Now, a new wave of technology threatens to automate vast swaths of existing jobs, with the trend set to push even more workers into un- and under-employment. The result is an increasingly large surplus population that has neither the means to survive outside of capitalism nor the jobs to survive within it.
While it is encouraging to see these issues gaining cultural visibility and being incorporated into the policy agenda, analysts too often fail to understand the systemic and integrated character of our present troubles, how the crisis of “work” is also a crisis of the “home”, and vice versa.
“Social reproduction” or “reproductive labor” are, in short, the everyday tasks involved in staying alive and helping others stay alive (childcare, healthcare, cleaning, shopping or bearing children), which have traditionally been performed by women for low or no wages.
There has been a sharp transition in the ways in which social reproduction has been organized in high-income societies since the middle of the twentieth century. Keynesian capitalism was characterized by the dominance of the heterosexual nuclear family and by the norm of the “family wage”. Under this model, reproductive labor was largely expected to fall to a full-time, financially dependent wife. Only within social democratic regimes did the state begin to attend to social reproduction.
Under neoliberal capitalism from the 1970s onwards, this approach to social reproduction underwent substantial transformation. In short, the activities of social reproduction have been both increasingly privatized as a result of the rolling back of provisions for public forms of reproductive labor. We are seeing now increased need for support due to the necessity for more people to work longer hours in order to survive, as well as increased personal costs involved in this support as social reproduction is outsourced to the market rather than to the state.
Social reproduction increasingly finds itself in crisis, with demand for services growing at the same time that unpaid workers are entering the labor market. With paid workers facing treacherously low wages and abysmal working conditions, and the government stepping back from public provision—how can the reproduction of society be maintained in a way that does not exacerbate existing hierarchies of class, race, and gender?
An appropriate approach would be a post-work model that aims to reduce work and our dependency on wage labor. This involves at least three key goals:
The household as it currently stands (typically in the form of the nuclear family, in popular imagination, if not in reality) came into being largely through changes in working relationships. Expectations about what “the family” is and does have actually had a crucial role to play in determining things like wages, working hours, and public services. The official poverty line in the United States was designed on the basis that every household would include a housewife who could act as a shrewd domestic manager, shopping carefully, cooking skillfully, and making all the meals at home. The reality is that many households never had access to this fantastic resource of social reproduction, with a full-time home economist, so that the cost of living is really much higher.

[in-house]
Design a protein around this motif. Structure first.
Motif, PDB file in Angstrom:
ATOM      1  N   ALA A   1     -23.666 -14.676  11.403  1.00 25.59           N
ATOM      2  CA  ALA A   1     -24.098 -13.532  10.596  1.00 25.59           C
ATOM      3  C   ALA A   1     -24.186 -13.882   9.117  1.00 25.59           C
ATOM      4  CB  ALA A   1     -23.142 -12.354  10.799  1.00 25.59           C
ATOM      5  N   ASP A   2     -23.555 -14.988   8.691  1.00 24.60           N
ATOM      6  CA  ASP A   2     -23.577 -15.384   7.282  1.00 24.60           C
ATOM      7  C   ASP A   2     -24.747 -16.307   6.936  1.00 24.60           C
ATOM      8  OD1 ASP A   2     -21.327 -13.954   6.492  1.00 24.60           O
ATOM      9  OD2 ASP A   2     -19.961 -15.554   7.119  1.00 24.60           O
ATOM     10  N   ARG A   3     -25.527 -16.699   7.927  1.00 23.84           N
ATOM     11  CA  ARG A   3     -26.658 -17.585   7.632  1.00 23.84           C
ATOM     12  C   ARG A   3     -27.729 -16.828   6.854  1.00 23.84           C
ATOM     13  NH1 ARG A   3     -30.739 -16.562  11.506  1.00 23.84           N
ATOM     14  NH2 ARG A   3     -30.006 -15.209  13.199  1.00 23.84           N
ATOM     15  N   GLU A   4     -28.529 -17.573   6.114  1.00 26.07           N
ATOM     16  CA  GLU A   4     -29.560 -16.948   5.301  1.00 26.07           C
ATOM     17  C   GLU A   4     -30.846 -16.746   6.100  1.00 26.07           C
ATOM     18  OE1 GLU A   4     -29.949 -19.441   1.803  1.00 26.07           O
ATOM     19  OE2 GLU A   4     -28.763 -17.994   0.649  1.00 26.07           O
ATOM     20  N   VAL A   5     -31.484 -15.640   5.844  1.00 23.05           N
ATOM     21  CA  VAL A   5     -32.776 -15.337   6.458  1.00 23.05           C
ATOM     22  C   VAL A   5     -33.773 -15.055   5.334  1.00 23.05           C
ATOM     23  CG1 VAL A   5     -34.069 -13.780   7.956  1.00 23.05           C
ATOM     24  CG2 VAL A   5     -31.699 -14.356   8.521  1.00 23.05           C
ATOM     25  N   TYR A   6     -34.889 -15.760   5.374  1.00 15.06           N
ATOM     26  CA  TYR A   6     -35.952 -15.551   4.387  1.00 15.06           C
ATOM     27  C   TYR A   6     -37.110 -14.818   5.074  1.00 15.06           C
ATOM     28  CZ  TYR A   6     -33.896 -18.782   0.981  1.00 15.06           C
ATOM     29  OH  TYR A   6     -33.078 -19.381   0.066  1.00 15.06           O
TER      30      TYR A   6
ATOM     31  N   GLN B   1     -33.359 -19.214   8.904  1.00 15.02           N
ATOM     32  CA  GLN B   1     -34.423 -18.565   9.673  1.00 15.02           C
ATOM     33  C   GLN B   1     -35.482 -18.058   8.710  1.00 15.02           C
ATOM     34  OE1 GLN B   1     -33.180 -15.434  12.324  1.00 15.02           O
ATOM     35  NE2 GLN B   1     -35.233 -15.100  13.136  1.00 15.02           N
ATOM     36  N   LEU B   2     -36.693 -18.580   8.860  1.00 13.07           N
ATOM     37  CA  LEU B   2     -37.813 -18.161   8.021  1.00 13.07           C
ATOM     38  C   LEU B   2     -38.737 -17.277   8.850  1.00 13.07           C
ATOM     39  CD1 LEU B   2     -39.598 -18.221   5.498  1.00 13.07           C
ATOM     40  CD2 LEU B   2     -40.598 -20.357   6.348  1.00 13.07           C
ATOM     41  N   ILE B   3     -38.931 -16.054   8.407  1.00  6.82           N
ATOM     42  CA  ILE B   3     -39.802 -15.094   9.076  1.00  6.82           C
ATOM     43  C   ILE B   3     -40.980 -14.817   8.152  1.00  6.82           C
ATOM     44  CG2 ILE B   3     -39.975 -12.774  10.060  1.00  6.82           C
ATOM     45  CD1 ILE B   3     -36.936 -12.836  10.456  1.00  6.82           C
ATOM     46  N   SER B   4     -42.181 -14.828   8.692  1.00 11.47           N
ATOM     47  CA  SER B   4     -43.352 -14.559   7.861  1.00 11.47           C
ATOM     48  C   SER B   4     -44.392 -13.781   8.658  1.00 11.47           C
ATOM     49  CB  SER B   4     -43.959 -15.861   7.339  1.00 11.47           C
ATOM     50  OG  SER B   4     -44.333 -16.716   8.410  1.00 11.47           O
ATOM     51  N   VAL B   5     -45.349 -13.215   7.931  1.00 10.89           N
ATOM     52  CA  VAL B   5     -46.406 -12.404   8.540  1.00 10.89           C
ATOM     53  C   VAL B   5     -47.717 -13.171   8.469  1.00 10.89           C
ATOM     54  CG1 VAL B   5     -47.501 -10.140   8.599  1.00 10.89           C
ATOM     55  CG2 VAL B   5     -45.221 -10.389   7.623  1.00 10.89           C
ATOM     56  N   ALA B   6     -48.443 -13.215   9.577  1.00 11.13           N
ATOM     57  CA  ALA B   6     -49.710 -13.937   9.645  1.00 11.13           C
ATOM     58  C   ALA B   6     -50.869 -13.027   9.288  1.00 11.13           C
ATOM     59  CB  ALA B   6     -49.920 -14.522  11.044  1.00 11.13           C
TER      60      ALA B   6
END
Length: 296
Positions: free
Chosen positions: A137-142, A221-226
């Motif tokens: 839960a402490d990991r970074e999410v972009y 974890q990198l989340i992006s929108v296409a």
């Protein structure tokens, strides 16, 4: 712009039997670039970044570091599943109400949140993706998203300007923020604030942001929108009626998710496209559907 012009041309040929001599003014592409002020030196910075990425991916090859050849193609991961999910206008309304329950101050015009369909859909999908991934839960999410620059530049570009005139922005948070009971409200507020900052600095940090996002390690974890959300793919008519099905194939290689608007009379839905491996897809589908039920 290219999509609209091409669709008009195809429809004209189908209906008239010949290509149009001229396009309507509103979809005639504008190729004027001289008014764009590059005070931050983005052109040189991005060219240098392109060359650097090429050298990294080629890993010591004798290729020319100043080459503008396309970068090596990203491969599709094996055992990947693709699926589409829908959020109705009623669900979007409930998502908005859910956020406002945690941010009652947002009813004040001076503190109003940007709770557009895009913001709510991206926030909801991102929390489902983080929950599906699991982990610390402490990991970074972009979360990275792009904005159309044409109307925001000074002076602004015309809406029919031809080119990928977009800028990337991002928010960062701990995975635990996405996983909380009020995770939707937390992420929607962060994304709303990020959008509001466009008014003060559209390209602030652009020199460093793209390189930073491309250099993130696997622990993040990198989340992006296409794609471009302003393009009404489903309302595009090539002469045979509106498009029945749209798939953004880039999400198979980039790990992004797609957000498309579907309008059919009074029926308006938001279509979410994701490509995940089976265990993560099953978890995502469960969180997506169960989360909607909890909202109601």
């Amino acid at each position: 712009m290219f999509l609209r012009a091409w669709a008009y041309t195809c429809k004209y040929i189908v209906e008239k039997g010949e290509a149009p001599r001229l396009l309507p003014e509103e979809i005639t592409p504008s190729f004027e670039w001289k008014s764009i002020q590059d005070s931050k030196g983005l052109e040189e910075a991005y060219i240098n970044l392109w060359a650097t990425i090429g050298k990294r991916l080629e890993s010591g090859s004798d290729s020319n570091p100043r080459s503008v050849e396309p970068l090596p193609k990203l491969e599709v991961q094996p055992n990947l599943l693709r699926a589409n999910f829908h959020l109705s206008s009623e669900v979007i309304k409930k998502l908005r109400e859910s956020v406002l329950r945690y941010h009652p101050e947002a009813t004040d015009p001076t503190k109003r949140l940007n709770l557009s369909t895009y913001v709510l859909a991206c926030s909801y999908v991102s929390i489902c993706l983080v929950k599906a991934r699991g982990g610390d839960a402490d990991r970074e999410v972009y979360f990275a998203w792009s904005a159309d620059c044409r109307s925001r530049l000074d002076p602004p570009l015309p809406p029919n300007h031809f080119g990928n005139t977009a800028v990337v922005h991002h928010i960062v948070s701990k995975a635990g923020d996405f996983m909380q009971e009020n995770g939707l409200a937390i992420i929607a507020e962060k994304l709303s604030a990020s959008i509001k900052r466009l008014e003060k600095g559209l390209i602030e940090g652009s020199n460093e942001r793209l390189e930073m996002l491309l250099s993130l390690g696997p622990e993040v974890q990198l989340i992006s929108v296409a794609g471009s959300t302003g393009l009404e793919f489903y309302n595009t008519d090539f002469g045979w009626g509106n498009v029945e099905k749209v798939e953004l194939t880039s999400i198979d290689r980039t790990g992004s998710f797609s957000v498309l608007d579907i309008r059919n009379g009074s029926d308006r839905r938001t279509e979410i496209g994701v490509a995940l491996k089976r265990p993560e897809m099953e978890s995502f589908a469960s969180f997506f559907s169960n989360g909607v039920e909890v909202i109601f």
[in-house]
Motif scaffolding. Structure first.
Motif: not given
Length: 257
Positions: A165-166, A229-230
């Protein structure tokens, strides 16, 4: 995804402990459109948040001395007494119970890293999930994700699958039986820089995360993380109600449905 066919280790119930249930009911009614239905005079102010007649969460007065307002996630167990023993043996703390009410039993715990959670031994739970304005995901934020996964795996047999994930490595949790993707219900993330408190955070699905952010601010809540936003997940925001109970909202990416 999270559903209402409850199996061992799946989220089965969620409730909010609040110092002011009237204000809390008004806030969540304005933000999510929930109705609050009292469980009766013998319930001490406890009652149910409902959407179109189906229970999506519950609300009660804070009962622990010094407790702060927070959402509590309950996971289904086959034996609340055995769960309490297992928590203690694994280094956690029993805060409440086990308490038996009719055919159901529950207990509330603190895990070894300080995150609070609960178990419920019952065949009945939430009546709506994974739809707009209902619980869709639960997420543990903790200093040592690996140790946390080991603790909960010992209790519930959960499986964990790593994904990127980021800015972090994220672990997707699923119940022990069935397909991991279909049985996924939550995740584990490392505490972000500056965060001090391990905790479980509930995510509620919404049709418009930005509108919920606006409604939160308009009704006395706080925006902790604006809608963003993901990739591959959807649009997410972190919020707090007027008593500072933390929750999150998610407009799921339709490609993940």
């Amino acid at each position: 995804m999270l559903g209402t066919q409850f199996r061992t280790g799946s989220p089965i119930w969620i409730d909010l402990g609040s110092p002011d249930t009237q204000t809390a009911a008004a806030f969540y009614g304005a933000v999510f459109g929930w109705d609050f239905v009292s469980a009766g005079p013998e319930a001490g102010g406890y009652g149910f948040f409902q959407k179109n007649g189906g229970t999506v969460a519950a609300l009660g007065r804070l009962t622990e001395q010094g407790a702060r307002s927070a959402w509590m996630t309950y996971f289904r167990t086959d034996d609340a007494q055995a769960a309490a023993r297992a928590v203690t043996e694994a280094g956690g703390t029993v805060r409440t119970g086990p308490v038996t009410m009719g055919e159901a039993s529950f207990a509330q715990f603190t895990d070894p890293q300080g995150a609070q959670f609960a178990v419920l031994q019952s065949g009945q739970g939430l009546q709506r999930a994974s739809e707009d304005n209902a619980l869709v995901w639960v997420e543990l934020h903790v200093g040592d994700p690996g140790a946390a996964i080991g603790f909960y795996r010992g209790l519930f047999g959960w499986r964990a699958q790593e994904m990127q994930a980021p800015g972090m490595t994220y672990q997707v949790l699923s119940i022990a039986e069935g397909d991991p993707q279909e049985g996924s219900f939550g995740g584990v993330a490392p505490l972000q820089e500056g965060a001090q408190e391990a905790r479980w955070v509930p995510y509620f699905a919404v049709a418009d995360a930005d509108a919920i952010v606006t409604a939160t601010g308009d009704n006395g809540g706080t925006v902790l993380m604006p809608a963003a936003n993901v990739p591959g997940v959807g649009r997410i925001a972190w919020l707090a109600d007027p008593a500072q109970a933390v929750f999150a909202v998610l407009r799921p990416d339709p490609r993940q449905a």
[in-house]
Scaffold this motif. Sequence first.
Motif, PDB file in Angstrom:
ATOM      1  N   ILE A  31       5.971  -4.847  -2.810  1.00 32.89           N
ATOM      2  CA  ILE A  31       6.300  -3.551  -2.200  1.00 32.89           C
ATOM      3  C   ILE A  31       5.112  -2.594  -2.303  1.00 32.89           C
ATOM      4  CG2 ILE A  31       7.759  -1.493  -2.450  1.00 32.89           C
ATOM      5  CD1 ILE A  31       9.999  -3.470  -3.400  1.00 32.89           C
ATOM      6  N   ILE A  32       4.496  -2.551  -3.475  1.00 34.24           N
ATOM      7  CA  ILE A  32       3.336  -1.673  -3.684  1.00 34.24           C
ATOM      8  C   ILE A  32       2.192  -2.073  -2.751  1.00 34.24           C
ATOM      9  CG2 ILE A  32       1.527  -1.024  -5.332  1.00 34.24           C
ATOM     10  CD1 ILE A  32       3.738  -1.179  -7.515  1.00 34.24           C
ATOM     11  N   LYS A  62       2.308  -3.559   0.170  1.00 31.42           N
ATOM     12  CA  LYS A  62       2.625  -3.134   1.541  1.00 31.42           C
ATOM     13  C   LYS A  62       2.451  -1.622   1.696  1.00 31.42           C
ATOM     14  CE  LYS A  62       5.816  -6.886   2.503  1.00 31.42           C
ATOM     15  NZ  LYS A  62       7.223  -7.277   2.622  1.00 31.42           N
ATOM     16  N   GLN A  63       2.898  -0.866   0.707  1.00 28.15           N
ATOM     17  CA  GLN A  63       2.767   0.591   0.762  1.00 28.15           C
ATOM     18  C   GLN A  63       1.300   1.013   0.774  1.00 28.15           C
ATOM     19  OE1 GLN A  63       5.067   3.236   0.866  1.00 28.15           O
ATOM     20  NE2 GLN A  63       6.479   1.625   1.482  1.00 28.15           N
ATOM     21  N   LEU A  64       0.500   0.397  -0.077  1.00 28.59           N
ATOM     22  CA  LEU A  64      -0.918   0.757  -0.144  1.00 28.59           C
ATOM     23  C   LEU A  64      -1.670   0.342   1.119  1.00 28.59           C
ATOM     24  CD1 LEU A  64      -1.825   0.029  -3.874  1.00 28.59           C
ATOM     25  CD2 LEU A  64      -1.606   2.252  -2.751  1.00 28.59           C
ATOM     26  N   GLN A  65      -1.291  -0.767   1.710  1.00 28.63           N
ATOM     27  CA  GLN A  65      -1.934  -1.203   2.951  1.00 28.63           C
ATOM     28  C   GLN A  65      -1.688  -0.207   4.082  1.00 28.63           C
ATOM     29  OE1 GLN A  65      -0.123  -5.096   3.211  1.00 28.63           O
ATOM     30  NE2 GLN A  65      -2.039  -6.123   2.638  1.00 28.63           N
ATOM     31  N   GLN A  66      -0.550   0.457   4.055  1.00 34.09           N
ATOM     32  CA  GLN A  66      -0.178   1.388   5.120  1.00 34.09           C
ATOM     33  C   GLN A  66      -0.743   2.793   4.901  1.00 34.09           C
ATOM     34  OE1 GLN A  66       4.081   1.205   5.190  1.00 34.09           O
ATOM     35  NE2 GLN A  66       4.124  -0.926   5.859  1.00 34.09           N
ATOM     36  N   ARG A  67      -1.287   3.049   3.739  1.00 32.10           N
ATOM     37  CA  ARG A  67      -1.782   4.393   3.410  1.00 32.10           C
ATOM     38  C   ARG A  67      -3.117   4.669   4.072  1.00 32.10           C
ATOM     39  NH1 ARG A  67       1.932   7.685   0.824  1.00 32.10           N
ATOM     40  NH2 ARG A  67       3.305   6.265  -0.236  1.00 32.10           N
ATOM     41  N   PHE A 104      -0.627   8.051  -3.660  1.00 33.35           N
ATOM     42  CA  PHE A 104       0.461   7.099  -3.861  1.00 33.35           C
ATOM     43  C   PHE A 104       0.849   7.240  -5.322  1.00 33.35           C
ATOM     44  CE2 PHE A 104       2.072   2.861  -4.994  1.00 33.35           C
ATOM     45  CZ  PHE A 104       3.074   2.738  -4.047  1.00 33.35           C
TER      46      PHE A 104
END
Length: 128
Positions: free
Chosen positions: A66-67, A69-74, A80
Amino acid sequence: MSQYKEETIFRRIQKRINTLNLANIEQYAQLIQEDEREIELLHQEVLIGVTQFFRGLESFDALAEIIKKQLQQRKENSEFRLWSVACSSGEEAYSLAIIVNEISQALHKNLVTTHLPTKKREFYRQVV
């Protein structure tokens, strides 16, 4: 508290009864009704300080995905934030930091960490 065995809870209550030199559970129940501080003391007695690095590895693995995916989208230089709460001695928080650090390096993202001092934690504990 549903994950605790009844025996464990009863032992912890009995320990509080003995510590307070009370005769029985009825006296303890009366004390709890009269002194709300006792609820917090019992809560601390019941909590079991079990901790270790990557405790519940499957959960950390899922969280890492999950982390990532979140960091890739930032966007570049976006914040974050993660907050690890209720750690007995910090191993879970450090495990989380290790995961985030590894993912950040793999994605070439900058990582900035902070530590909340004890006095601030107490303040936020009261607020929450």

Moving away from the single-family dwelling could offer more sustainable and energy efficient ways of living, as well as cutting the labor needed for basic maintenance. If we are imagining households beyond the family, we might be picturing the formation of self-selecting groups living together—a mixture of relatives, friends, comrades, lovers. These new kinds of family could be based on affinity, affection, and shared worldviews rather than something as flimsy as mere genetic coincidence.
So, where does this leave us? If we feel that something can and should be done to help mitigate the effects of the current structures of oppression, then it makes sense to link up our struggles against gendered oppression (include the unequal distribution of free time and domestic drudgery) to struggles against unfair labor practices.
Indeed, what is required is, in many ways, a queer struggle against a single binary gender system which shapes the division of labor; a struggle which understands that efforts to redistribute work—to create a more egalitarian division of obligations and opportunities—will inevitably be limited until our ideas about gender are themselves overthrown. For as long as the conventionally gendered, cisheteropatriarchal family dominates the horizons of our cultural imagination we feel that work and temporal sovereignty will continue to be unjustly apportioned. The left must cease framing our efforts as being on behalf of ‘hard-working families,’ the cisheteropatriarchal structure, as this is precisely what we should be struggling against. Instead, we should agitate for a post-work, post-gender, post-capitalism world.
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